Unfortunately, I’d only been running for a minute or so when the rain stopped and the sun came out. Next time, I won’t trust the BBC forecast! I realised that I’d set out at a pace I couldn’t maintain and that I was rapidly overheating. I could feel my face getting warmer and warmer. I think I managed to run for about 15 minutes before I slowed to a walk so that I could remove my jacket. Although I immediately felt cooler, the damage had been done and the rest of the ‘run’ was a struggle. So much for not complaining and enjoying each and every run!

Friday – Rest

When I woke up I discovered that I’d got a pretty bad headache. Although I don’t think it was a migraine, I felt so nauseous and dizzy, running probably wouldn’t have been sensible. Fortunately, Friday was a rest day so I didn’t have to spend hours mentally debating the pros and cons of running with a bad head. My headache unfortunately meant that I had a seriously unproductive day. At least it was an incredibly restful rest day.

Saturday – Rest

After somehow sleeping for more than 10 hours, I woke up feeling refreshed and headache free. A great start to the weekend. I spent the morning catching up on the household chores I’d been unable to complete the previous day. As an added bonus I finally finished a couple of slightly overdue product reviews.Collage 11In the evening, I swapped my trainers and scruffy clothes for something slightly more respectable, and met up with some friends for a meal and drinks at the local pub. As I knew I would be attempting to run for 35 minutes the following morning, I was reasonably sensible and limited myself to three pints. My friends were suitably unimpressed. Apparently I’m quite boring when I’m sober(ish). As I didn’t want to wake up feeling dehydrated, I made myself drink a pink of water before I went to bed.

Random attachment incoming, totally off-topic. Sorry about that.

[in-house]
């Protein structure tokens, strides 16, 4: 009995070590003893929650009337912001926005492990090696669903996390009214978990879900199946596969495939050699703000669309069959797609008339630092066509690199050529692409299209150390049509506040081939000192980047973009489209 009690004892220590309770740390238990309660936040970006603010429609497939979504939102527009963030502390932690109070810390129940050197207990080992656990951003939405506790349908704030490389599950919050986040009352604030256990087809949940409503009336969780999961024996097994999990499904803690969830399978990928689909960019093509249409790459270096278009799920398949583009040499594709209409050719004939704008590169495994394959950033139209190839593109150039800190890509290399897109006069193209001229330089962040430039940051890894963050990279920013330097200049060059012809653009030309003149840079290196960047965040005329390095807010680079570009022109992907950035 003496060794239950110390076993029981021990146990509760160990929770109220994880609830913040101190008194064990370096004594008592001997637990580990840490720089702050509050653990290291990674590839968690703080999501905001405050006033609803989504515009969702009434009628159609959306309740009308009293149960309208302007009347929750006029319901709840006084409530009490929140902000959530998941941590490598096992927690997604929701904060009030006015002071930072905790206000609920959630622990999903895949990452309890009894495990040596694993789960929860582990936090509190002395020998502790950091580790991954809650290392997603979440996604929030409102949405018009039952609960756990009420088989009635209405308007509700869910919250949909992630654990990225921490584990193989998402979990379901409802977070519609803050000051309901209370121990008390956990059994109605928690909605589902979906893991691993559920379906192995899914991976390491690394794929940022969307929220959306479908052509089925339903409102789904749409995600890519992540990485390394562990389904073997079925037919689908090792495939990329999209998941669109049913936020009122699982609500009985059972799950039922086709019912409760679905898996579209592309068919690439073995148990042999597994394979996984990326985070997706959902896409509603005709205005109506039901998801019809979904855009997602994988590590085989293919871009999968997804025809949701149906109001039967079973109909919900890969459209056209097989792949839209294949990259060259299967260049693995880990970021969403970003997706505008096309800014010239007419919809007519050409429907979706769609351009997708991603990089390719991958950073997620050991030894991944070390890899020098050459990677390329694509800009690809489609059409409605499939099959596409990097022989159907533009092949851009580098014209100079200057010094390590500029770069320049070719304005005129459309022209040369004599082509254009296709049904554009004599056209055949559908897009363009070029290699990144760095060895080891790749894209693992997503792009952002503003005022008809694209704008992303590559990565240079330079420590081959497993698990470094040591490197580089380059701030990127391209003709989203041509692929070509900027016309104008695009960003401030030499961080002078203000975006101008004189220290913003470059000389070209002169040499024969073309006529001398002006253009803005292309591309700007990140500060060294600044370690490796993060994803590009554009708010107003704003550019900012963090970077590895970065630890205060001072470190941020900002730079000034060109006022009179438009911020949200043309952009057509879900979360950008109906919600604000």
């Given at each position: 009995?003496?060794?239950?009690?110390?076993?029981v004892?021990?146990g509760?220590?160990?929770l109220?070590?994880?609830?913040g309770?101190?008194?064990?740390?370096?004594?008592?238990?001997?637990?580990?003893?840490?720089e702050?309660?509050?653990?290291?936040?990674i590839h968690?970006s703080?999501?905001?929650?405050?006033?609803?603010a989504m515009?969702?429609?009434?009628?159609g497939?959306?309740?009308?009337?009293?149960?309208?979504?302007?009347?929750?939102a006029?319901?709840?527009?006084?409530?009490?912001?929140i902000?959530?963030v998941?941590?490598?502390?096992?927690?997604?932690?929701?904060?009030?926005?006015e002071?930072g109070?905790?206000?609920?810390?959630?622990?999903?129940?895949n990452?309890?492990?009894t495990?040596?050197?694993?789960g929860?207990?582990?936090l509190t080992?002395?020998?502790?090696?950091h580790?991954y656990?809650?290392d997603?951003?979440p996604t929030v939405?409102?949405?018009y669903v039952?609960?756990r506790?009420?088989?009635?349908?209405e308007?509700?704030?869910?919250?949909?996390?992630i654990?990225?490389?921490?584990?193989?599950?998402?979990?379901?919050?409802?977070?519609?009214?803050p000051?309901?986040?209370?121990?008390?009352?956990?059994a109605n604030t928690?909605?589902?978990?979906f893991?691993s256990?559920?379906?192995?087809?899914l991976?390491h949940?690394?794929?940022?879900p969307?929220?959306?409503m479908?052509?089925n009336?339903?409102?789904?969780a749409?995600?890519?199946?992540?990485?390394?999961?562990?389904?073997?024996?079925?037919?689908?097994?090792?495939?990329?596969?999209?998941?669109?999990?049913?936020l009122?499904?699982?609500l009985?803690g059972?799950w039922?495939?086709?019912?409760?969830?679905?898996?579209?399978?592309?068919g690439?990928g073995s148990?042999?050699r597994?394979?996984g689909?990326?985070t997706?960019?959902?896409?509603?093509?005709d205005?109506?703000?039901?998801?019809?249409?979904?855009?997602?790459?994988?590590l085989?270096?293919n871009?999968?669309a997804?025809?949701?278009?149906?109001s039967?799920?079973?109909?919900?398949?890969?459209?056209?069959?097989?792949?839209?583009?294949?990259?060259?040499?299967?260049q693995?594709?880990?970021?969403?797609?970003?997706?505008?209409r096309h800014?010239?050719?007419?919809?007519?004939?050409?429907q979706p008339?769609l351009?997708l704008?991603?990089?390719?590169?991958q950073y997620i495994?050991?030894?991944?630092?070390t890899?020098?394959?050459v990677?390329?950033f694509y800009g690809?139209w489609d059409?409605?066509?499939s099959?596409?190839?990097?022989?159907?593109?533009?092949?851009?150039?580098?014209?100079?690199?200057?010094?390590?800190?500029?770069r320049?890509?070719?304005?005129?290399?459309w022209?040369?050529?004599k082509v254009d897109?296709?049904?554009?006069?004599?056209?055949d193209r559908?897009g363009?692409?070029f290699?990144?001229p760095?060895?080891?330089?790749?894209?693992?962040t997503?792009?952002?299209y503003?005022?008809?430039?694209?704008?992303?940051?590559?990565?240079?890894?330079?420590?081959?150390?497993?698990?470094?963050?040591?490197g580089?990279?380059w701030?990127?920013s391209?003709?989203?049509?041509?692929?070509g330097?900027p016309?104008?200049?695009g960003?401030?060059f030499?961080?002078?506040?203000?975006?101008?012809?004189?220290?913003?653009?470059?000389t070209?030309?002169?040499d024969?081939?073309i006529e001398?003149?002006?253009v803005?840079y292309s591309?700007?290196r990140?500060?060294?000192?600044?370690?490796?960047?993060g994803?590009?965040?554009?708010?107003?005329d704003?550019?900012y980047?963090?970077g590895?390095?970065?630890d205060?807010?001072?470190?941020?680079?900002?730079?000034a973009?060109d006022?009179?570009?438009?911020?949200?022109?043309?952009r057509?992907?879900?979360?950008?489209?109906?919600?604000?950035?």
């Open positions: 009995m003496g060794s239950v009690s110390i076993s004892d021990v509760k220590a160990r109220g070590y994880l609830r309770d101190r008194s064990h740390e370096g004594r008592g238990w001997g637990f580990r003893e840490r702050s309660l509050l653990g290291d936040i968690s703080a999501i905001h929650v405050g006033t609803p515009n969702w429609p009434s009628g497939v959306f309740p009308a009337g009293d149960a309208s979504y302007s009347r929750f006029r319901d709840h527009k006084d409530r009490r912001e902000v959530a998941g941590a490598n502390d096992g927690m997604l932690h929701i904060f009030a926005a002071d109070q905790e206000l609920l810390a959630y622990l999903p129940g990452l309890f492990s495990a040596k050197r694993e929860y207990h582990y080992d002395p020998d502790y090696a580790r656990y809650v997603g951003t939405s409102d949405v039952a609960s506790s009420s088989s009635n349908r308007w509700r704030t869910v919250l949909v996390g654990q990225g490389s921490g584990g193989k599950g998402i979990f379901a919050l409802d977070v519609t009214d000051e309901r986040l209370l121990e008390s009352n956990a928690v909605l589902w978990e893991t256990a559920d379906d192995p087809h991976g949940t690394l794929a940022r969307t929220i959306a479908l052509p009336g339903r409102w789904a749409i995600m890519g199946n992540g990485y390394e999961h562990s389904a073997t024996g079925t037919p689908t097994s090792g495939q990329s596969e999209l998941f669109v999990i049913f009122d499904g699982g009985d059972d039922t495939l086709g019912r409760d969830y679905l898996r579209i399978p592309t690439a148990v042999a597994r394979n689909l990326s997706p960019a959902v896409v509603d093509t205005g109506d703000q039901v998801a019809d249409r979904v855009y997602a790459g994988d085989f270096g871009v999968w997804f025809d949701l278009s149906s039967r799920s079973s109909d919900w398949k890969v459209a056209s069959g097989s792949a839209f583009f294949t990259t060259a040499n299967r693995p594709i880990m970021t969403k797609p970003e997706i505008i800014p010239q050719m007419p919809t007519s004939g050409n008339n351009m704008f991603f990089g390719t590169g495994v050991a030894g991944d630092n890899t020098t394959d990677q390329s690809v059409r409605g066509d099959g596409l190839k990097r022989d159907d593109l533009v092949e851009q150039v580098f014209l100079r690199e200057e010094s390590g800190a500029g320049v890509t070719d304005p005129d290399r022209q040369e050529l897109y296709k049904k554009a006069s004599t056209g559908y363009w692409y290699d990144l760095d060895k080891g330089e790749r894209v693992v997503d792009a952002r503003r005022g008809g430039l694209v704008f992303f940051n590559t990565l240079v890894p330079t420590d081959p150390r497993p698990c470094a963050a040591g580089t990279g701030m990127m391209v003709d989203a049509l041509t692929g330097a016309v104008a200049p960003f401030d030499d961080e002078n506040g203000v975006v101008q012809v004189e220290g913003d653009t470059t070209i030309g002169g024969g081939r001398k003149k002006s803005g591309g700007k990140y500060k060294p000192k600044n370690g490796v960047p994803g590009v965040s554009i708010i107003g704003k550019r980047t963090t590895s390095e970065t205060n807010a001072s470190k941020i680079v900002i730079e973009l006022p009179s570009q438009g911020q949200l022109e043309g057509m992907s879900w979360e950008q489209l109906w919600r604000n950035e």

Sunday – 35 mins easy

When my alarm woke me at 06:00 my mouth felt like the Sahara and I felt like death warmed up. After debating postponing my run, I made myself get out of bed, got dressed, had a drink, worked my way through some PF stretches, went to the loo and headed out the door. Fortunately, although it was reasonably sunny it was lovely and cool.  After struggling to run for 20 minutes on Thursday, I was sensible and made sure that I set out at a sensible pace. My approach worked and I found the 35 minute run reasonably easy.

So that’s the fifth week of my half marathon training more or less successfully completed, only another 11 weeks to go. Once again, I was reminded that I’m still pretty useless at pacing myself, and that I need to start my training runs at a pace I can sustain. Next week’s training schedule contains a 20 minute run, a 30 minute run and a longer 40-45 minute run on Sunday. Last year I aimed to run for 45 minutes, this year it will be a miracle if I manage to run for 40 minutes.

Training totals

  • Runs: 15
  • Time: 4 hours 25 mins
  • Distance: 24.94 miles


  • Right heel: 4/10
  • Right knee: 2/10
  • Left foot: 6/10

Do you tend to always order the same food when you eat out? I’d like to think that other people are slightly more ambitious than I am.

How much sleep do you aim to get each night? At the moment my sleep patterns are all over the place.

Great Birmingham Run training week 4